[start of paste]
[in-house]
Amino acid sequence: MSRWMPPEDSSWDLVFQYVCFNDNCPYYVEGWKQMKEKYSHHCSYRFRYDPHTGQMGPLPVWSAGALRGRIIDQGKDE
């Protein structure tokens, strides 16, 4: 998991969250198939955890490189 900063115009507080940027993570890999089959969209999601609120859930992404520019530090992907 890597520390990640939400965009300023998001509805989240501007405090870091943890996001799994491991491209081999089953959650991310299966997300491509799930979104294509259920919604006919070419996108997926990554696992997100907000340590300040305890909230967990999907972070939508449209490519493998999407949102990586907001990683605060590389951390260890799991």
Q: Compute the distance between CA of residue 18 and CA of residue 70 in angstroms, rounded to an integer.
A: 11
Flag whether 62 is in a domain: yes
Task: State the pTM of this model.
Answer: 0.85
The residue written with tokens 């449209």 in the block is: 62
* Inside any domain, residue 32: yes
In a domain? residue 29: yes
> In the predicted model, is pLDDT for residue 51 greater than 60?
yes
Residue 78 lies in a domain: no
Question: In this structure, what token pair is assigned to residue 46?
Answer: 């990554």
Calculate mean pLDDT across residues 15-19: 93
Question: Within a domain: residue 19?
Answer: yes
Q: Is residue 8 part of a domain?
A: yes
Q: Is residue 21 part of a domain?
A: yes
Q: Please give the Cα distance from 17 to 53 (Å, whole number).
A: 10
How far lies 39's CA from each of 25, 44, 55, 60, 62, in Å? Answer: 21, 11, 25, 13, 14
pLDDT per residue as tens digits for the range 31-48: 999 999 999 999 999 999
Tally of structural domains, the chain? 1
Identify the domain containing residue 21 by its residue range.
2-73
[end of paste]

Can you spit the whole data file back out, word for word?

[in-house]
Amino acid sequence: MSRWMPPEDSSWDLVFQYVCFNDNCPYYVEGWKQMKEKYSHHCSYRFRYDPHTGQMGPLPVWSAGALRGRIIDQGKDE
């Protein structure tokens, strides 16, 4: 998991969250198939955890490189 900063115009507080940027993570890999089959969209999601609120859930992404520019530090992907 890597520390990640939400965009300023998001509805989240501007405090870091943890996001799994491991491209081999089953959650991310299966997300491509799930979104294509259920919604006919070419996108997926990554696992997100907000340590300040305890909230967990999907972070939508449209490519493998999407949102990586907001990683605060590389951390260890799991």
Q: Compute the distance between CA of residue 18 and CA of residue 70 in angstroms, rounded to an integer.
A: 11
Flag whether 62 is in a domain: yes
Task: State the pTM of this model.
Answer: 0.85
The residue written with tokens 């449209």 in the block is: 62
* Inside any domain, residue 32: yes
In a domain? residue 29: yes
> In the predicted model, is pLDDT for residue 51 greater than 60?
yes
Residue 78 lies in a domain: no
Question: In this structure, what token pair is assigned to residue 46?
Answer: 């990554």
Calculate mean pLDDT across residues 15-19: 93
Question: Within a domain: residue 19?
Answer: yes
Q: Is residue 8 part of a domain?
A: yes
Q: Is residue 21 part of a domain?
A: yes
Q: Please give the Cα distance from 17 to 53 (Å, whole number).
A: 10
How far lies 39's CA from each of 25, 44, 55, 60, 62, in Å? Answer: 21, 11, 25, 13, 14
pLDDT per residue as tens digits for the range 31-48: 999 999 999 999 999 999
Tally of structural domains, the chain? 1
Identify the domain containing residue 21 by its residue range.
2-73